Stage fright is a mystifying and unnerving experience for many performing musicians and often impedes professional and personal fulfillment. However, when some performers seek psychological treatment, it is not unusual for them to wish for a quick cure for a problem that is complex and long-standing.
Although performance anxiety touches many individuals besides musicians (e.g., test takers, public speakers, athletes as well as individuals who are not specifically in the public eye but must assert themselves in front of others), musicians are unique in two specific ways. (1) Musicians begin training on an instrument that becomes the focus of their life's work in childhood. While most career decisions typically are made in late adolescence or young adulthood, the musician spends critical formative years focusing on lessons and intense training while at the same time being interactive with important caregivers. This has monumental implications for personality development and social adjustment and often fosters fertile ground for the roots of performance anxiety to take hold. (2) The job market in the United States for performing musicians is much more problematic than it is for other highly skilled professionals. Unemployment in the arts is high, pay often inadequate, and many musicians work at jobs considerably below the level for which they were trained.
Certainly, individuals sensitive to issues of rejection, loss, and competition are internally primed for the external conditions of the performance profession.
An inevitable question arises: if beta-blocking drugs or behavior modification can eliminate or reduce symptoms and bring relatively quick relief, why should musicians consider a prolonged insight-oriented treatment? In fact, this is a question that dynamically oriented clinicians deal with daily as musicians' initial (as well as continuing) resistances and fantasies often are centered upon the wish for an omnipotent caretaker and quick cure — a virtuoso therapist with perfect technique. How ironic that performers who wish to become virtuosi and masters of the musical score, their instrument, and the audience are willing to give control to a therapist who would become master over them! These issues can be understood and interpreted in psychotherapy. One size treatment does not fit all.
Brief treatment and pharmacological approaches certainly do not provide the opportunity to develop an in depth, ongoing relationship with the therapist, thus many of the issues and affects associated with separation, rejection, and termination (so relevant to the underlying dynamics of performance anxiety) are avoided. And while not every patient will elect to enter in depth psychotherapy for stage fright (nor is every patient suitable for this type of treatment), the therapist's rationale for recommending psychodynamic treatment must be based on issues other than simply personal preference.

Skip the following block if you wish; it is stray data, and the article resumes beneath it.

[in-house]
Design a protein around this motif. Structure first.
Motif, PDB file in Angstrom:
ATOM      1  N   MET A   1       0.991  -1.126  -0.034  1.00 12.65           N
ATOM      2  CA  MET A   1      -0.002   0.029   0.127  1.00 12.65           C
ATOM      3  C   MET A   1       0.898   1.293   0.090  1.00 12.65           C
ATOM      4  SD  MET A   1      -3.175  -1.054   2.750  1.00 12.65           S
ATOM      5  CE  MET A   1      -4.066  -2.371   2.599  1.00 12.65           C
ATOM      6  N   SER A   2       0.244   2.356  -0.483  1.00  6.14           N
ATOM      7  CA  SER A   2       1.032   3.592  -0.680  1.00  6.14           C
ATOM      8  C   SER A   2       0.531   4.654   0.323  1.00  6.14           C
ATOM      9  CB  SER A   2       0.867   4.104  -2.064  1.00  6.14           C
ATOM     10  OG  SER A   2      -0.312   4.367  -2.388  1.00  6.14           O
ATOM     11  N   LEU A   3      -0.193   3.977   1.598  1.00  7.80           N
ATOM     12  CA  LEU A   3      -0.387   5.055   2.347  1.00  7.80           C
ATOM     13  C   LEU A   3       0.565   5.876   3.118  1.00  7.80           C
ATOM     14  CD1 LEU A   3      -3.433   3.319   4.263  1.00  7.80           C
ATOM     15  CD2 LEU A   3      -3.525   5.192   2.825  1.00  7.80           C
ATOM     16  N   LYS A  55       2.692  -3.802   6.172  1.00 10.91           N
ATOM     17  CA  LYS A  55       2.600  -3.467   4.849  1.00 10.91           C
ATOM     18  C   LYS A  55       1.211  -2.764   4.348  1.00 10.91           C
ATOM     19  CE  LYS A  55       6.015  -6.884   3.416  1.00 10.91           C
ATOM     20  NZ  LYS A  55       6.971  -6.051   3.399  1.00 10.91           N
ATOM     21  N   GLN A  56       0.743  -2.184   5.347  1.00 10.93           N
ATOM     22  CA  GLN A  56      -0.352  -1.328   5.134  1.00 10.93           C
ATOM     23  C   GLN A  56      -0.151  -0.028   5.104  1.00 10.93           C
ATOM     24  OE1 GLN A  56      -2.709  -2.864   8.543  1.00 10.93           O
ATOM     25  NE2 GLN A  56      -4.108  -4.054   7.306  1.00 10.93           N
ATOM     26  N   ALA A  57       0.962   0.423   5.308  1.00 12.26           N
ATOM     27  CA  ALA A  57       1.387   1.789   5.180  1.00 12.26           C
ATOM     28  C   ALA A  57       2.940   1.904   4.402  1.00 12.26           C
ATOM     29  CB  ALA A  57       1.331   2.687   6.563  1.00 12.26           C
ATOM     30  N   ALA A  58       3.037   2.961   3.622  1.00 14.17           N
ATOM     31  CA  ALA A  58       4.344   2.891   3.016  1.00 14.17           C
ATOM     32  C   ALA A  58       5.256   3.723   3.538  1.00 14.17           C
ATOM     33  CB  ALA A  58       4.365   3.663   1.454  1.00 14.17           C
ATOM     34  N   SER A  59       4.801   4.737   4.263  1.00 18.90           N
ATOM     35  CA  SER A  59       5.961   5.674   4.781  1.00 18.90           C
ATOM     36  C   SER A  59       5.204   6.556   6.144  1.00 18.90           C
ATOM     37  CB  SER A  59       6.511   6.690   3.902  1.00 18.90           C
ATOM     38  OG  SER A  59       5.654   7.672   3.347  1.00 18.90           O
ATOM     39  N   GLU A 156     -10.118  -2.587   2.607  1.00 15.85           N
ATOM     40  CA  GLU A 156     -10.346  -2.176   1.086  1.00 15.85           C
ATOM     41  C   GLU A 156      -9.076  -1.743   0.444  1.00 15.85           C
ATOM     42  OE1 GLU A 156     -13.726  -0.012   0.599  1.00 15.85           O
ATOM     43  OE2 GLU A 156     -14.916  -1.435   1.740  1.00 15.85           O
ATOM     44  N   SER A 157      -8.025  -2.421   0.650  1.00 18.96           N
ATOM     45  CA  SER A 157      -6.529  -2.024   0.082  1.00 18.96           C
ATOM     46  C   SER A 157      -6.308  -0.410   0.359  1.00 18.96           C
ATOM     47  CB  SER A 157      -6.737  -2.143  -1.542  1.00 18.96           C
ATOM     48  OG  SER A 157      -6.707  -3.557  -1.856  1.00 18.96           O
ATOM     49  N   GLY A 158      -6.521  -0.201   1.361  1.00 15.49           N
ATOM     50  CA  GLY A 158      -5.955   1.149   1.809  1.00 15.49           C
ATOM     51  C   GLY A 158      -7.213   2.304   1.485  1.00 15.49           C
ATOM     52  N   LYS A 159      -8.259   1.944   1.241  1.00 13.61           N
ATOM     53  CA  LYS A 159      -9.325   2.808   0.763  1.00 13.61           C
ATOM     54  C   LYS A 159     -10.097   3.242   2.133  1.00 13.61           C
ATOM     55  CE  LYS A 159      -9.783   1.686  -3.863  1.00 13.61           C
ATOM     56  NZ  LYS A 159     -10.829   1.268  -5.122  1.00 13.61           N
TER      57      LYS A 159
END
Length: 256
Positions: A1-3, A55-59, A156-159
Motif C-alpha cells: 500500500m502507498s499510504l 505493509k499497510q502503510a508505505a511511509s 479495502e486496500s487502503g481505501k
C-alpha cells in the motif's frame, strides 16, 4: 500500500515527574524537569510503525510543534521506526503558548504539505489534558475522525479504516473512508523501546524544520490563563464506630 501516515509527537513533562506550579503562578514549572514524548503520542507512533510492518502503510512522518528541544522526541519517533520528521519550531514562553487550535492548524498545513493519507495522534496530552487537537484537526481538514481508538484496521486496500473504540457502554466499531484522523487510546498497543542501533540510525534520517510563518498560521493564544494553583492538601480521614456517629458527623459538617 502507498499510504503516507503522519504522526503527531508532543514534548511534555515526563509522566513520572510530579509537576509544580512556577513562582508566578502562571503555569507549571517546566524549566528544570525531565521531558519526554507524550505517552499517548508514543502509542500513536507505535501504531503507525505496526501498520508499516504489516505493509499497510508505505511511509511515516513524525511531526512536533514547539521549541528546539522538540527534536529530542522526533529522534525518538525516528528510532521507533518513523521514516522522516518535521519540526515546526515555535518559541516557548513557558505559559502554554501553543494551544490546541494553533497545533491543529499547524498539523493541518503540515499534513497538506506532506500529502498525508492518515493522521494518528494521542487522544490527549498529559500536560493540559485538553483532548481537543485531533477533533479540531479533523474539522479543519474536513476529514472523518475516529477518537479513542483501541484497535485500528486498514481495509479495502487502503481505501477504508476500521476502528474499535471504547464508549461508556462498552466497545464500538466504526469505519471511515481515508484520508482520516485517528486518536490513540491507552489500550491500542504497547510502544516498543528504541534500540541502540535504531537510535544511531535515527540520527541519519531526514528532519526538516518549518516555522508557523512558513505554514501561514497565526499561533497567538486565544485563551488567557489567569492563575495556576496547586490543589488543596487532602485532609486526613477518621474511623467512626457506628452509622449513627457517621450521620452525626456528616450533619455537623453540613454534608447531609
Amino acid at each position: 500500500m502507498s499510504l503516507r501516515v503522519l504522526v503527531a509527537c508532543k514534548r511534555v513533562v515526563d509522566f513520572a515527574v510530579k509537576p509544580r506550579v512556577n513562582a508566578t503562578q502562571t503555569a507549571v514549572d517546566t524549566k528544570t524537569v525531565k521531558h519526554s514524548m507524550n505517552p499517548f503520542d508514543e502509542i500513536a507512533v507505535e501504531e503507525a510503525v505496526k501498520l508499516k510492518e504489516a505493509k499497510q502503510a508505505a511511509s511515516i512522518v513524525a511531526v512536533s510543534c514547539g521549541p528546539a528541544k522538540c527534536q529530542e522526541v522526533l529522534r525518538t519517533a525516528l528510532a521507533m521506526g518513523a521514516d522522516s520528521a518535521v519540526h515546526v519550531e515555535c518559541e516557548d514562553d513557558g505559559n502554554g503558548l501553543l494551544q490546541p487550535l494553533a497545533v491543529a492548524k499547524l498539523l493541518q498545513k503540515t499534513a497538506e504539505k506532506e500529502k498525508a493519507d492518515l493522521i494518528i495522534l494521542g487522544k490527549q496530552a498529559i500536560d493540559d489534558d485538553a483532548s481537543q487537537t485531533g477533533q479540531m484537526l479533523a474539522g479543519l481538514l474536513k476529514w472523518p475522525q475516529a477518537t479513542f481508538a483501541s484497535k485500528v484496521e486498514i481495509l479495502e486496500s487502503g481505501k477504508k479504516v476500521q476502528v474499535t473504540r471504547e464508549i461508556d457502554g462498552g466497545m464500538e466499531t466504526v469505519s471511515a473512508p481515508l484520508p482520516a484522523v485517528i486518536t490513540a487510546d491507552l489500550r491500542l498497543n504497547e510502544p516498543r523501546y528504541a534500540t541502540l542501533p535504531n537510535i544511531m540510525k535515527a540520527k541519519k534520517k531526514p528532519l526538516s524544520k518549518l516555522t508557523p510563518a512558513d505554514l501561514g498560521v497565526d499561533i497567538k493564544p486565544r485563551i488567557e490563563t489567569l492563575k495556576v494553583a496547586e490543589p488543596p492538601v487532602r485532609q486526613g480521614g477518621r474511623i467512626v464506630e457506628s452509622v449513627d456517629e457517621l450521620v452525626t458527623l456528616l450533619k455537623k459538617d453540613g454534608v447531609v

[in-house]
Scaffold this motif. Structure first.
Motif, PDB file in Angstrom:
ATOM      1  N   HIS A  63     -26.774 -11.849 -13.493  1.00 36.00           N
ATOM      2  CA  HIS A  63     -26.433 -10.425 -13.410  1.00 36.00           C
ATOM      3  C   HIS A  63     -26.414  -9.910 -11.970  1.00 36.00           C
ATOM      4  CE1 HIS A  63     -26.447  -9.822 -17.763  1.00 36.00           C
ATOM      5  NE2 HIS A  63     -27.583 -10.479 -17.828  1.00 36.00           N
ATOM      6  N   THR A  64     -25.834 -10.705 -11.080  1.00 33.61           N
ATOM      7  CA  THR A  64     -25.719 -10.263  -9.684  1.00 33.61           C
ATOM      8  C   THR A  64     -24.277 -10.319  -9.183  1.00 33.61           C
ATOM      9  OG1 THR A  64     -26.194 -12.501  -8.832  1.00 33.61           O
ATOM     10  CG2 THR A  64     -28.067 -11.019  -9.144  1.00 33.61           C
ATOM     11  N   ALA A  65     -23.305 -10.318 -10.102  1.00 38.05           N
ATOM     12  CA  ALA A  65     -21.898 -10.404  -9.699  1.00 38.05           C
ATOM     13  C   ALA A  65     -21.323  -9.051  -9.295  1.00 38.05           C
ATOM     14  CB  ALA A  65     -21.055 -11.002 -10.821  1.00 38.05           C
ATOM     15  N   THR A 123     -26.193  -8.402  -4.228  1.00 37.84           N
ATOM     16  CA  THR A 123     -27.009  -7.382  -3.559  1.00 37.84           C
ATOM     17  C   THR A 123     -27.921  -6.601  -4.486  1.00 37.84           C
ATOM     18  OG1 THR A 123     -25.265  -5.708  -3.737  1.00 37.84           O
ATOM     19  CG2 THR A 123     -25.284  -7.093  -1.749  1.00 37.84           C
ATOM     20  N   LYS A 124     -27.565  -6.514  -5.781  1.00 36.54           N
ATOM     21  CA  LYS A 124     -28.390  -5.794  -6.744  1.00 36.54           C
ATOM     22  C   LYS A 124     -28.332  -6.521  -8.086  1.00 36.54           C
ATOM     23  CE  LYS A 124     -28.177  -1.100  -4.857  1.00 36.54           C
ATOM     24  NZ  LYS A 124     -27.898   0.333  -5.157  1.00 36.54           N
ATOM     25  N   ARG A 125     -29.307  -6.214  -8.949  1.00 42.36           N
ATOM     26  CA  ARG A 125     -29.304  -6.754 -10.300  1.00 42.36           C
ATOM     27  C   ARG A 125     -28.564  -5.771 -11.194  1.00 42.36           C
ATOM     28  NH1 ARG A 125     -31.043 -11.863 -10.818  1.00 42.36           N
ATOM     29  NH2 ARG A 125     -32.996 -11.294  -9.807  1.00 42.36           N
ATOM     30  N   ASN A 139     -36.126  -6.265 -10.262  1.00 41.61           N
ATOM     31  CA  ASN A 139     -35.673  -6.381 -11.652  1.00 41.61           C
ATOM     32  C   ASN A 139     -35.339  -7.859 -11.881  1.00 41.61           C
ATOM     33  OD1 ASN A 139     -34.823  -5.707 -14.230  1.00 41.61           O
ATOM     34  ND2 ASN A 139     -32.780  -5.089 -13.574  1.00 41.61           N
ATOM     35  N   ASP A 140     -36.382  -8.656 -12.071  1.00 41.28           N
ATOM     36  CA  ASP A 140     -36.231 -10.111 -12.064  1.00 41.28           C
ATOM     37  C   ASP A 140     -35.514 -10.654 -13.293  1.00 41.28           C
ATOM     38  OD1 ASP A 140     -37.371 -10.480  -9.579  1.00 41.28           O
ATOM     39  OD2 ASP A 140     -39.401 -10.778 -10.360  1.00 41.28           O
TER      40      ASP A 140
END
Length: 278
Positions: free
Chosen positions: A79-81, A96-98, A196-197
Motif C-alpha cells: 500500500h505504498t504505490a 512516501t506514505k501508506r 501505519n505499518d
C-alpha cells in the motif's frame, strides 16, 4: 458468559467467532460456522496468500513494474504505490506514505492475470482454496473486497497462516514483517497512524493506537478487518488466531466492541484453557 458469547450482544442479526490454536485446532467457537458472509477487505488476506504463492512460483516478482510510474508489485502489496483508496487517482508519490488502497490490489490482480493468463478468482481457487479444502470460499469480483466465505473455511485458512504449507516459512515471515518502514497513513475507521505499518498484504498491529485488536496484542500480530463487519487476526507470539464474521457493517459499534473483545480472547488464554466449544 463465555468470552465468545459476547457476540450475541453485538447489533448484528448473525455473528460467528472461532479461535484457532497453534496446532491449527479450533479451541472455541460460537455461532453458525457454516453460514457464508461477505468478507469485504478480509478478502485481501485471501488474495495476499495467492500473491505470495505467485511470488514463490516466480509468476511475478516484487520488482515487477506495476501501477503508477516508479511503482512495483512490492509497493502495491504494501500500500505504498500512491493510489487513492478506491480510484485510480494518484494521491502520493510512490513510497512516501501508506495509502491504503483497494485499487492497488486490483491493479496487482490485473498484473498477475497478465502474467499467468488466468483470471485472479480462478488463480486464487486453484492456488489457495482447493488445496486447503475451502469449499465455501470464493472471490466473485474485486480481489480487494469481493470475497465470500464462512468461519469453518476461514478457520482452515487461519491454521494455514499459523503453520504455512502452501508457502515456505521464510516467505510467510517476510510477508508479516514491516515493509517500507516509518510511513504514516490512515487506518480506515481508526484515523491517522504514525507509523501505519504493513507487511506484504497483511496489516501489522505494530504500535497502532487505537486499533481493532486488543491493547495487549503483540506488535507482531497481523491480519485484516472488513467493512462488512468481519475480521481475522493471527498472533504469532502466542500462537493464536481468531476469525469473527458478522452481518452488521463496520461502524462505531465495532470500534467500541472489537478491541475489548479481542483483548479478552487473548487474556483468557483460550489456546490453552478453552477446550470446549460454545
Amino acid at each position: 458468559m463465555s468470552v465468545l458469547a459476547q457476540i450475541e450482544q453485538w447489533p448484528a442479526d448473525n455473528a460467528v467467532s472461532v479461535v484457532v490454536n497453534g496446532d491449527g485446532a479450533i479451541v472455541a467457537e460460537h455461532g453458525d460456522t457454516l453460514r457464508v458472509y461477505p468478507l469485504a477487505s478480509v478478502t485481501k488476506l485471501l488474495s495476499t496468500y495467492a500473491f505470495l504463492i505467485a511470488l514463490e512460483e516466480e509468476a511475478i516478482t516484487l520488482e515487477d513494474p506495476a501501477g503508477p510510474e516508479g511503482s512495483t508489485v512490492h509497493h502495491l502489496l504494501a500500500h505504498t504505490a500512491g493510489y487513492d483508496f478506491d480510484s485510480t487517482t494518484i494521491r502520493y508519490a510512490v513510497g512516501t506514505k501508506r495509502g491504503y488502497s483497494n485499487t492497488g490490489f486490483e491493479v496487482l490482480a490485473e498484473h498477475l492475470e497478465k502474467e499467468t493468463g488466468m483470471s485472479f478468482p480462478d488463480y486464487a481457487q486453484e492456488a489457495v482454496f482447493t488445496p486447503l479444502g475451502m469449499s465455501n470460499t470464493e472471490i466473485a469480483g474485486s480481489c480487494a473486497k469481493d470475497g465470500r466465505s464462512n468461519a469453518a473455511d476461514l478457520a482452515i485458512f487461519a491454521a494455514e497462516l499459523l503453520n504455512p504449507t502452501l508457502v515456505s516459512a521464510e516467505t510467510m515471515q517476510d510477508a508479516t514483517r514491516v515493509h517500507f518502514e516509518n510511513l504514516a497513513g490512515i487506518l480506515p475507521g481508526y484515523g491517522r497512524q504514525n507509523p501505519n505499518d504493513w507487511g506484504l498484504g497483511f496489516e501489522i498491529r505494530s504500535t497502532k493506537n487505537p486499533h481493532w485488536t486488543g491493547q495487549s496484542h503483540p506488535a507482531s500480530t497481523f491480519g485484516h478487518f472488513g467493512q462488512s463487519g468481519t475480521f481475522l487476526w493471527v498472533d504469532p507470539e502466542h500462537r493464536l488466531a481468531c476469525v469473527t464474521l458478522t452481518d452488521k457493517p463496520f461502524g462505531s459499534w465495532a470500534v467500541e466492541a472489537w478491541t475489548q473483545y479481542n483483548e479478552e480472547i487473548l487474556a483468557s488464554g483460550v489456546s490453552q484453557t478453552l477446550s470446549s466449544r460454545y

Clearly patients who experience stage fright often present with a variety of debilitating symptoms. But when is a symptom not only a symptom? How do symptoms become overdetermined, life long, and pose problems in living, loving, and working. Such issues are unconscious and outside awareness.
Often when musicians present for treatment, they have exhausted many behavioral, self-help techniques, and used alcohol or medication. Their performances still suffer and their self esteem plummets further because the "work harder" ethic has not produced desired results. Quick and painless remedies associated with beta-blockers and short term treatment perhaps provided a temporary respite but not long lasting relief. Furthermore, the source of the quick "cure" has been borrowed from external sources and not constructed from one’s internal resources and strengths. Thus, confronting anxiety has been avoided and circumvented. Some persons who have tried brief treatment or drugs possibly have been rewarded through collusion with wish-granting authority figures who prescribe and proscribe (perhaps at the expense of engendering uninterpreted masochistic guilt in the performer for commanding omnipotent powers). The symptoms that are so relentless are not understood as disguises of unresolved conflicts that continue to propel the anxiety. Thus, the recommendation for psychodynamic psychotherapy or psychoanalysis represents more than a theoretical bias on the part of the clinician who assesses performance anxiety to be more than a symptom.
Until performance anxiety can be viewed as a serious and complex problem, until patients can understand that there are no magic cures, and until the stigma of seeking psychotherapy is erased, many patients will hope for the omnipotent magic cure — the all knowing, all-giving therapist/parent. Inevitably it is disappointing to discover that such wishes are granted only in fantasy. Such fantasies are explored and worked through in treatment.
All of us live daily with our life histories. Our childhood experiences remain psychically influential lifelong; why should we not expect our unresolved conflicts to accompany us when we appear on stage? It is these conflicts that emerge as symptoms in the guise of stage fright. A psychodynamic perspective helps us understand the origins of those conflicts as well as the ways we continue to keep them alive…..and permits us to make a choice to let them go.
Julie Jaffee Nagel, Ph.D. is a psychologist-psychoanalyst in Ann Arbor, Michigan. She is a graduate of The Juilliard School with a major in piano performance and a minor in stage fright. She is also a graduate of the University of Michigan and the Michigan Psychoanalytic Institute. Dr. Nagel publishes and presents on the topics of performance anxiety and music and emotion. Visit her website at julienagel.net